From the Introduction:

The North American Free Trade Agreement (NAFTA) has always been a document of controversy. On the surface, NAFTA opened trade among its three primary parties -- Canada, Mexico, and the United States. Realistically, however, it has been a cause for tension -- mainly between the governments of the United States and Mexico. The two countries have used NAFTA and its labor side agreement, the North American Agreement on Labor Cooperation (NAALC), to dictate its economic and labor policies in each other’s countries.

This article will argue that more must be done to protect the rights of female workers under the North American Agreement on Labor Cooperation. I will do this by first examining the NAALC in closer detail to give us the background to work with. Then I will look at both NAALC inquiries in more detail. The complaint against the United States involved a telecommunications company that was a subsidiary of Sprint, Inc. that closed down eight days before a scheduled union representation vote; the complaint against Mexico involved the practice of pregnancy and sex discrimination against female workers in the Maquiladora sector. Finally, I will offer discussion points for the three NAFTA parties and scholars to consider as we move into the next millennium.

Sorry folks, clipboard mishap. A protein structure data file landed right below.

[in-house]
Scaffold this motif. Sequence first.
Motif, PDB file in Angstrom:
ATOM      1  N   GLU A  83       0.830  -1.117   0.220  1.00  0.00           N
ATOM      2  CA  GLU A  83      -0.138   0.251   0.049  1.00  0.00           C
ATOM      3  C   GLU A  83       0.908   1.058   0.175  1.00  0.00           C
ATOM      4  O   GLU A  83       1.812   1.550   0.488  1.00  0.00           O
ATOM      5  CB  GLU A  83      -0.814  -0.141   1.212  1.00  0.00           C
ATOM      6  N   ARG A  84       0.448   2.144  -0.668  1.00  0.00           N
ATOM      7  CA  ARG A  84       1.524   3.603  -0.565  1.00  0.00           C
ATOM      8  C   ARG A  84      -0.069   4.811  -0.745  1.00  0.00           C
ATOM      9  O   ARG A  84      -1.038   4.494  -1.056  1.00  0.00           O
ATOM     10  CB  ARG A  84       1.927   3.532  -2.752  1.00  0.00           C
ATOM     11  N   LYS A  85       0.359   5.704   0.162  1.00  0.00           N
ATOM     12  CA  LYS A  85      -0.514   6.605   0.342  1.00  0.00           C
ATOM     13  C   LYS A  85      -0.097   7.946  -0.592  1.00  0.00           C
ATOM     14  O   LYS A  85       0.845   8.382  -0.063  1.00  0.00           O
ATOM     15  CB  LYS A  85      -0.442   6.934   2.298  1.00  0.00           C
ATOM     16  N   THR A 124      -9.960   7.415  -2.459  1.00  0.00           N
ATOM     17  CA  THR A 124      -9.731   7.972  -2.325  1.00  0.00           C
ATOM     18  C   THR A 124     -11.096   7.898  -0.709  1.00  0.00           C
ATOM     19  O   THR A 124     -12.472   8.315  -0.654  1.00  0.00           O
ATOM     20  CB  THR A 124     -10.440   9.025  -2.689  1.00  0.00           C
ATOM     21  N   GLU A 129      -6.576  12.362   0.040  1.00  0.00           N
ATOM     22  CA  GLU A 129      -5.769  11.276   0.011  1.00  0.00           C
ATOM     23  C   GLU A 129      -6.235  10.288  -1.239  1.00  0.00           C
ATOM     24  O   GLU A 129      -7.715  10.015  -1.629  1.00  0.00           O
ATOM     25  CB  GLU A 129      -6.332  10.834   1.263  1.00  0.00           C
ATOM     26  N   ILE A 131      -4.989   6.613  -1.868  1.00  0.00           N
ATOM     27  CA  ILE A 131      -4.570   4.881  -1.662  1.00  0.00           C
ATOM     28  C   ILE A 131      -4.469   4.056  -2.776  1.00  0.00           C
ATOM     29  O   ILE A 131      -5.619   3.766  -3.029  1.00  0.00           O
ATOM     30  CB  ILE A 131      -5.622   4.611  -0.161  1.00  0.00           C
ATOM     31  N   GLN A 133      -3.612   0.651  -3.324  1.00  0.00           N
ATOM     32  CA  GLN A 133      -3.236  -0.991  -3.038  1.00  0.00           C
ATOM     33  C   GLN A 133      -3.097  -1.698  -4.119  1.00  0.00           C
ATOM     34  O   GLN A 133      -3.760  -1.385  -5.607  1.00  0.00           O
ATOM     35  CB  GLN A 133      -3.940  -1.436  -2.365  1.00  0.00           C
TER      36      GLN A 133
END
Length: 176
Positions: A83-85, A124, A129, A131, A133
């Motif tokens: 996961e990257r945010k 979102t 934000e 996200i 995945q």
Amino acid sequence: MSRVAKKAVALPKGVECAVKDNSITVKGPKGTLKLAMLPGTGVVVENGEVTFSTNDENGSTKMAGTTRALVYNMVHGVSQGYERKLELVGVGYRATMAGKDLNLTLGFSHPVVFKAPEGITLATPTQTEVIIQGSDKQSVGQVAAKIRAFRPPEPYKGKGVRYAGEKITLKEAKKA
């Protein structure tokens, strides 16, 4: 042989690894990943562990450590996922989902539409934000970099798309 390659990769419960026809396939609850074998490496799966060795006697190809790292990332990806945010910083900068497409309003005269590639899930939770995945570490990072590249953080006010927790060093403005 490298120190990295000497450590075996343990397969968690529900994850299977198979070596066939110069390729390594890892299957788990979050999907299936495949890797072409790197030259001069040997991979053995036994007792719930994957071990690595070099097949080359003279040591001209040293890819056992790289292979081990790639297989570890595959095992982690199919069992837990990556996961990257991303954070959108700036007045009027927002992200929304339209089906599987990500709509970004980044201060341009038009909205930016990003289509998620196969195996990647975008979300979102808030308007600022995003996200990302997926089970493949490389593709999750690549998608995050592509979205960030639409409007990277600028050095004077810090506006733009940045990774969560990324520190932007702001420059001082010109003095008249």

Author Biography

Gregory A. Kelson, Executive Director, Institute for Women and Children’s Policy, Chicago, Illinois